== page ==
As the year winds down, we were interested to discover our most viewed blog posts of 2014, our inaugural year of the Knetwork Knowledge blog. Not surprisingly, the majority of articles concern SDN. From the rise of production deployments among service providers to management concerns to job security worries, SDN continues to alter the network landscape, attempting to assert its place as the disruptive technology it promises to be.
These top 10 articles present a good snapshot of SDN’s evolution this year as well as the network issues in general. Here they are in order of popularity (See also our short summary of each one below):
- SDN Deployments/Worries Rise Among Service Providers
- No, Software Defined Networking Will Not Doom Engineers
- First Impressions of the OpenDaylight Helium Release
- Network Management Challenges of 2014
- SDN Analytics & Orchestration from the 17th Annual SDN/MPLS Conference
- Okay, Maybe It IS the Network (Infographic)
- The Best Presentations on SDN Analytics and Wide Area Orchestration at SDN/MPLS 2014
- Necessity of Monitoring and Analytics in the SDN Era
- Netflix is using obfuscation to not pay their fair share!
- SDN/NFV Management and Orchestration
The #10 post – SDN/NFV Management and Orchestration – summarizes a panel that our CTO Cengiz Alaettinoglu participated in during the Big Telecom Event in Chicago last June. Addressing the topic with fellow panelists from Infoblox, Overture, UBIqube, and NTT America, Cengiz discussed what he believes are the three main management challenges of SDN/NFV:
- Speed of network changes
- Visibility into changes made programmatically
- Impact to existing services of requested programmatic changes
Our CEO Scott Sherwood wrote the blog post about Netflix and how he believes the company has assumed the Network Neutrality mantle to avoid paying their fair share of Internet traffic transit fees.
In “Necessity of Monitoring and Analytics in the SDN Era,” Packet Design Distinguished Engineer Hari Ananthakrishnan examines the current SDN landscape and what’s needed for vendors to succeed. He asserts that our Network Access Broker maps well to SDN monitoring and analytics needs and how it can be integrated with the OpenDaylight (ODL) controller for provisioning.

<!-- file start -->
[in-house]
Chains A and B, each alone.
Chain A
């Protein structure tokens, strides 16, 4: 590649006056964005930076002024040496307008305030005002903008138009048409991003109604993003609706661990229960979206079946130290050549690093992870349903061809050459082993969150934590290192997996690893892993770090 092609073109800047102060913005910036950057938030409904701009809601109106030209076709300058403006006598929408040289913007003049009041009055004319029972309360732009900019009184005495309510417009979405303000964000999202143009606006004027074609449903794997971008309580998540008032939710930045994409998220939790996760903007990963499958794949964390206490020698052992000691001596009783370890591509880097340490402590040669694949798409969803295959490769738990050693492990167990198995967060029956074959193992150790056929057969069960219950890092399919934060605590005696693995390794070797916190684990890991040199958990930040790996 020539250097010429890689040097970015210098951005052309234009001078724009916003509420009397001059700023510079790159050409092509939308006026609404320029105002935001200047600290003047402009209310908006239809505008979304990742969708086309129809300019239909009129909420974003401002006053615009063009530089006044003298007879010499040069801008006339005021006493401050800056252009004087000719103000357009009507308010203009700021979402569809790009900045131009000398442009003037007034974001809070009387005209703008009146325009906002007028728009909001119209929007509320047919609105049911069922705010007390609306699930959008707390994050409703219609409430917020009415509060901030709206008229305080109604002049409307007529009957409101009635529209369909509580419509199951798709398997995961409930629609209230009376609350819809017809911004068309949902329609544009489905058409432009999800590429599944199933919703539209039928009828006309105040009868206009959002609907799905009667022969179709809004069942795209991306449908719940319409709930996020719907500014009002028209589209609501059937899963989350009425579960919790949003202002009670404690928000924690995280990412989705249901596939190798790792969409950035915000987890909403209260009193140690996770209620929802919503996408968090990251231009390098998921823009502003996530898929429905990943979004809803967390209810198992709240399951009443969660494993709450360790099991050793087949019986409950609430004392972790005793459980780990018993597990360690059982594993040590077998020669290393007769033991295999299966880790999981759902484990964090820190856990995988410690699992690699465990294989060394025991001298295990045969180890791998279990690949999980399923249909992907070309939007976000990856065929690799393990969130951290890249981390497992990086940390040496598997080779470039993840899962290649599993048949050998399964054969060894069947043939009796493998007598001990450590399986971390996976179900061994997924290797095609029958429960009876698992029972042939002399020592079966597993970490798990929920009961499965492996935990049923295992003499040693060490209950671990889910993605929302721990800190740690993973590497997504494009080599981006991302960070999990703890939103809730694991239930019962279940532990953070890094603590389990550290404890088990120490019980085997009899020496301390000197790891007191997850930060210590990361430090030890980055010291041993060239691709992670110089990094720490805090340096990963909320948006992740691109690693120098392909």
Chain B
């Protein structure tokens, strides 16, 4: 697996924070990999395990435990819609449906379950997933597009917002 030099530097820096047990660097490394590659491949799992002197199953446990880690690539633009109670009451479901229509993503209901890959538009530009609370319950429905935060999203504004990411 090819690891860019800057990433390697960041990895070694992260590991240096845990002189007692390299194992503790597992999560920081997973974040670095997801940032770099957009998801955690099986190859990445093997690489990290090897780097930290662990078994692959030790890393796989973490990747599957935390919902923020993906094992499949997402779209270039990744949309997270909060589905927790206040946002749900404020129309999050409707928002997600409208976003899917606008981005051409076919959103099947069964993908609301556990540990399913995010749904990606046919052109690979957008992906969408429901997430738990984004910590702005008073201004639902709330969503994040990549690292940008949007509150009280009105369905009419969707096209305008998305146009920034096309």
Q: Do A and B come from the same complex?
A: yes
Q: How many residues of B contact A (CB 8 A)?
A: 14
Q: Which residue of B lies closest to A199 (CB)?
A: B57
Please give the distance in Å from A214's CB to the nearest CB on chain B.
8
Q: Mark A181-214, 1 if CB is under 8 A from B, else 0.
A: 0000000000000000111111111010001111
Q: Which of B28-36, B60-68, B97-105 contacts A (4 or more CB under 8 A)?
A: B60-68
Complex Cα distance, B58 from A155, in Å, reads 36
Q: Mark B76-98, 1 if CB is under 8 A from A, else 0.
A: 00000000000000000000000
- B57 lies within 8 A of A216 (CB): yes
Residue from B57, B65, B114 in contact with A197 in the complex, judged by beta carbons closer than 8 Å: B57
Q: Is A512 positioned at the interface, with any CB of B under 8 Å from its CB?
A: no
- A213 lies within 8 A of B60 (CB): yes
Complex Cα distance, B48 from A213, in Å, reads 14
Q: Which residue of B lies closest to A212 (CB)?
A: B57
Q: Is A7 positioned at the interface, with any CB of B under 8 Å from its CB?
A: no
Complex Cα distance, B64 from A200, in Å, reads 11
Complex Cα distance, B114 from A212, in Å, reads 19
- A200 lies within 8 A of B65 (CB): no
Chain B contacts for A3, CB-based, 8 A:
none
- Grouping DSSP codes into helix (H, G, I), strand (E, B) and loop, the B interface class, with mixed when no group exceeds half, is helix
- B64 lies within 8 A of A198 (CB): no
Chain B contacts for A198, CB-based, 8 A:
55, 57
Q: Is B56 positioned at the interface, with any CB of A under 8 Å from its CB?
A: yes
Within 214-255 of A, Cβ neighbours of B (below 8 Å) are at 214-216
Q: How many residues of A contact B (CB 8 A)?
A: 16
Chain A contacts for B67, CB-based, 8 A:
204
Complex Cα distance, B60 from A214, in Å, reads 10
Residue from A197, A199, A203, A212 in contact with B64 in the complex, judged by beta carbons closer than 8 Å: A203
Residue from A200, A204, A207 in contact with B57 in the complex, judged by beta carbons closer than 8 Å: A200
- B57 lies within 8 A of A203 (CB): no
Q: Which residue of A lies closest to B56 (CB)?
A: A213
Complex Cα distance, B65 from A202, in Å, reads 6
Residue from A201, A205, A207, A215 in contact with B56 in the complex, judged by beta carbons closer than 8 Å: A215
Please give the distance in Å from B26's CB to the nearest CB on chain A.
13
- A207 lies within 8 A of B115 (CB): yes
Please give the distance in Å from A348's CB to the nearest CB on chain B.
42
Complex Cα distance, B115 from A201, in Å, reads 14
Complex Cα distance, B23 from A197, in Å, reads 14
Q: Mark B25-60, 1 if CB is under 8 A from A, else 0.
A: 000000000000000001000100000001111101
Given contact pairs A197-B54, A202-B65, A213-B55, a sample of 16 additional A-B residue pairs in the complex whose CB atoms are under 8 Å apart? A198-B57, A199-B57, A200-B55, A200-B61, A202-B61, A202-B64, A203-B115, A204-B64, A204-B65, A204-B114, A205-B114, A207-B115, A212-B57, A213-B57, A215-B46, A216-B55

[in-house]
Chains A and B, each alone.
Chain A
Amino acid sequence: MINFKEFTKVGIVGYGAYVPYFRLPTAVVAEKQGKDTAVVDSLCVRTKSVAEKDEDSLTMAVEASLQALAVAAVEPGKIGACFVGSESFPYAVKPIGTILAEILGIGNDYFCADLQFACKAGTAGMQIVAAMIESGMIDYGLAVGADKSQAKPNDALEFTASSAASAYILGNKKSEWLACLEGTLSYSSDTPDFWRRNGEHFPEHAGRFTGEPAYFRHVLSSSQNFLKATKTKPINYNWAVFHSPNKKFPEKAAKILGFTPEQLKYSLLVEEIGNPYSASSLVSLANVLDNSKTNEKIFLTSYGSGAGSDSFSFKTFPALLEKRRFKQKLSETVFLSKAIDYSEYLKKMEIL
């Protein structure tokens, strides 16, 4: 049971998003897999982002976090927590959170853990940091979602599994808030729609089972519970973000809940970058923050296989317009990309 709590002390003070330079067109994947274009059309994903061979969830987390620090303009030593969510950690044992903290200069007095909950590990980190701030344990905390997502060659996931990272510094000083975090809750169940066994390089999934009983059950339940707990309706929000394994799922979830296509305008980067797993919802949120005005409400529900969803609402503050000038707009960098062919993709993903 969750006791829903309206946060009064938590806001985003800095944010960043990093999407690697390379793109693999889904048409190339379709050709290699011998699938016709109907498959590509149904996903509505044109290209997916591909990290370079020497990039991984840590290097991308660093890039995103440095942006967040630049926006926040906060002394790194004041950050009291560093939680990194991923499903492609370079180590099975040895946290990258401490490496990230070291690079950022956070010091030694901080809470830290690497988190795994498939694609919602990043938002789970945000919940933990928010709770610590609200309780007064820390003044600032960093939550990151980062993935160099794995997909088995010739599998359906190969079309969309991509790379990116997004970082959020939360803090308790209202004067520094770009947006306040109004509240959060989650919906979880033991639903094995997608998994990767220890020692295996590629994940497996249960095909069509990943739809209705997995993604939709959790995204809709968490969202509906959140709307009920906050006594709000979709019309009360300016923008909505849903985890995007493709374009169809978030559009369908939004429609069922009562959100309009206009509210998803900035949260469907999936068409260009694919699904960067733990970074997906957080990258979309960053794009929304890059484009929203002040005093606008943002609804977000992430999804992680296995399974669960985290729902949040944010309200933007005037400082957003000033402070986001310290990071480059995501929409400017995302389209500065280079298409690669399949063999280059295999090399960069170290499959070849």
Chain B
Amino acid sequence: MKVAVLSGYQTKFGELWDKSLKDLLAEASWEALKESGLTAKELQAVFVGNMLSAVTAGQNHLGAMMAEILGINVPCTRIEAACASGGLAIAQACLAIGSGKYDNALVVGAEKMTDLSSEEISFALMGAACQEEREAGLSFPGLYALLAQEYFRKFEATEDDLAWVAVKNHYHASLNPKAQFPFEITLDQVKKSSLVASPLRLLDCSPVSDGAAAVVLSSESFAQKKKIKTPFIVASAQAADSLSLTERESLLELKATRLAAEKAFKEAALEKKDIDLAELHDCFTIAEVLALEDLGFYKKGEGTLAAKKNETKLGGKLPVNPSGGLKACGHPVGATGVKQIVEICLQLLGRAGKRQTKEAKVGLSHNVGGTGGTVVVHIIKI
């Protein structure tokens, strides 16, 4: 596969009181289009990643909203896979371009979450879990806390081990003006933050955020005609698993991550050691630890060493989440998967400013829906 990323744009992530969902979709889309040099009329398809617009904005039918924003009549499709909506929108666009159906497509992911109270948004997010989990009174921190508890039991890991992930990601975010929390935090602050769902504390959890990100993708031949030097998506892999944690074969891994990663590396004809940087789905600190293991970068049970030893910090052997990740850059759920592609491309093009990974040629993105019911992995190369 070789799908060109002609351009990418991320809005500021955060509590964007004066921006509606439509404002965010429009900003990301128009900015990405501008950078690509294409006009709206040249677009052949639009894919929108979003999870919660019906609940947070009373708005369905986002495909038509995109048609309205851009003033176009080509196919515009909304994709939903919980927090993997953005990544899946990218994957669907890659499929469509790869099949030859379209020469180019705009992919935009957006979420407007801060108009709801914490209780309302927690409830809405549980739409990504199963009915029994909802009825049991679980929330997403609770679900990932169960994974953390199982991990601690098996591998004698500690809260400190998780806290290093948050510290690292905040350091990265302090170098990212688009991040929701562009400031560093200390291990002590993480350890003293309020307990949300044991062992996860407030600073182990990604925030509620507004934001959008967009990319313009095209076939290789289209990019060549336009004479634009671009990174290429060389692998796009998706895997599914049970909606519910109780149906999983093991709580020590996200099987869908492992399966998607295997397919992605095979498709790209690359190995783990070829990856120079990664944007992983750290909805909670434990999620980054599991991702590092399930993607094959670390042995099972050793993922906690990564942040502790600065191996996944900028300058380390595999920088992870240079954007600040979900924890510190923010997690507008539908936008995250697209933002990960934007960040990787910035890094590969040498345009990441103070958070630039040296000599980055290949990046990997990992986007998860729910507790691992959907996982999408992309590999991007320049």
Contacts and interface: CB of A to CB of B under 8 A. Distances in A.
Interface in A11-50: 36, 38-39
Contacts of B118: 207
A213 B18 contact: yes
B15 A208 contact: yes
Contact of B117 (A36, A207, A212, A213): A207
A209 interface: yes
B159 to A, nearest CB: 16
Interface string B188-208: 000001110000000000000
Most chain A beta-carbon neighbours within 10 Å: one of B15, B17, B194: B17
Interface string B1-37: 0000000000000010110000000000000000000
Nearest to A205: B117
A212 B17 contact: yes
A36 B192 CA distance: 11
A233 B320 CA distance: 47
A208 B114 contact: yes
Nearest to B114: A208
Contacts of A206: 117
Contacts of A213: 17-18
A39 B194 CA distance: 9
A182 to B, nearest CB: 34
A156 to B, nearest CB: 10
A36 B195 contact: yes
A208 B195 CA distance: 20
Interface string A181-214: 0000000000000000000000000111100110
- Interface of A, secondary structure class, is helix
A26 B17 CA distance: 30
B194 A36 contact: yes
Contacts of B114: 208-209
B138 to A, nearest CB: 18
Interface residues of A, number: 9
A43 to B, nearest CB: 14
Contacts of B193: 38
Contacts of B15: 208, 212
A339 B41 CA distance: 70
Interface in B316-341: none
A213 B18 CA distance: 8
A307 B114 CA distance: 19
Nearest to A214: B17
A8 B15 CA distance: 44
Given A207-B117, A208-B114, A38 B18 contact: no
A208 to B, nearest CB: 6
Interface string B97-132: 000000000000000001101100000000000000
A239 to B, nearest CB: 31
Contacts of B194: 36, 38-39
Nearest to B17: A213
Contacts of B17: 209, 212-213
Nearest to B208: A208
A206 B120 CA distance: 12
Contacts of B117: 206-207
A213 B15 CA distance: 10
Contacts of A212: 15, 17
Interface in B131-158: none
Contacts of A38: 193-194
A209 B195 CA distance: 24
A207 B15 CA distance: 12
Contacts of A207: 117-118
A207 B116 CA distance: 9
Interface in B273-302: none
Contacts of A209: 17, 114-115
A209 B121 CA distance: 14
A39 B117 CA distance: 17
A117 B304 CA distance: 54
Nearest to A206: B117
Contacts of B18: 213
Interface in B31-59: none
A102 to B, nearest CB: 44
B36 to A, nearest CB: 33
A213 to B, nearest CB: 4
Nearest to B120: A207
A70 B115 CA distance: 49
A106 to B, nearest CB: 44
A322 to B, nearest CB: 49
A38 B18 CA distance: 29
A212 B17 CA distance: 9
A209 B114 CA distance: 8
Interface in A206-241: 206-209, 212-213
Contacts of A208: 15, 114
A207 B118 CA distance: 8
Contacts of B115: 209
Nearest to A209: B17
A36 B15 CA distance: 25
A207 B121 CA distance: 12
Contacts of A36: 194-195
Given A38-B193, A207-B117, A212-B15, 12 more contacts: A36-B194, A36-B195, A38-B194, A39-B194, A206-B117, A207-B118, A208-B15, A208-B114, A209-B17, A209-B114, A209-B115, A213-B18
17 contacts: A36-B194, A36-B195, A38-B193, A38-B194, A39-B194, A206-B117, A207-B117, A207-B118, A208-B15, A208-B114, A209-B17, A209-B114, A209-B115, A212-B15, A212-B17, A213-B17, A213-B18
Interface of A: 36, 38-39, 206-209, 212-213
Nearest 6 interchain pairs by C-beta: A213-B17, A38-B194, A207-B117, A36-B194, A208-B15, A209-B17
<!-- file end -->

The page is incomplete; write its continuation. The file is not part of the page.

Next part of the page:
Our two blog posts about November’s SDN/MPLS conference in Washington, D.C. also made the top 10 (#5 and #7, respectively). In the first post, I summarize our CTO Cengiz’s presentation at the conference about “SDN Analytics: Bridging Overlay and Underlay Networks.” During this talk, he asserted that underlay routing issues will impact overlay network performance, creating the need for SDN analytics to correlate the two and provide management visibility. In the second one, Cengiz himself discusses his favorite presentations from the conference, including those by representatives of IBM, Cisco, and Time Warner Cable.
The article “Okay, Maybe It IS the Network” (the sixth most popular blog post of 2014) presents an infographic based on the results of an Enterprise Management Associates (EMA) research paper titled “Managing Networks in the Age of Cloud, SDN, and Big Data: Network Management Megatrends 2014.” The infographic – “Management Needs in an Age of Network Change” – depicts results such as growing network traffic, the widespread problem of cloud visibility, management concerns hindering SDN, and which two network issues were chosen as the top primary root causes of performance/degradation problems.
The fourth most viewed article of 2014 – Network Management Challenges of 2014 – was also the first one we published last January. In it, technology commentator Brian Boyko establishes the foundation for our blog and the Packet Design approach to network management: “…no matter how much the venerable router is under assault and in danger of becoming a commodity, we know that you will never be able to abstract all physical devices – or humans for that matter – from the network. But we will all need to adapt.”
In the third most popular blog post, Distinguished Engineer Hari Ananthakrishnan tackles the practical matter of OpenDaylight’s Helium, the first major upgrade to its open source SDN controller, which was released in October. He discusses his view of its features, shortcomings and strengths from an engineering perspective.
“No, Software Defined Networking Will Not Doom Engineers” – the second most popular article of 2014 – addresses an issue near and dear to network engineers: job security. In the post, Brian Boyko discusses an article by IDG’s Stephen Lawson titled “Will software-defined networking doom the command line interface?” Boyko suggests the real question is: “Are network engineers going to be made obsolete by software defined networking, when SDN can do so many things that required specialized CLI knowledge to accomplish?”
Finally, the most popular post of 2014 – SDN Deployments/Worries Rise Among Service Providers – was about our second annual survey at the SDN/MPLS conference in Washington, D.C. Based on a poll of more than 60 service providers, the results showed significant growth in production SDN from 2013 but also more worries about skills, tools, and standards. In our first post of 2015 next week, we’ll be sharing these results in an infographic.
Happy New Year and thanks for reading our blog!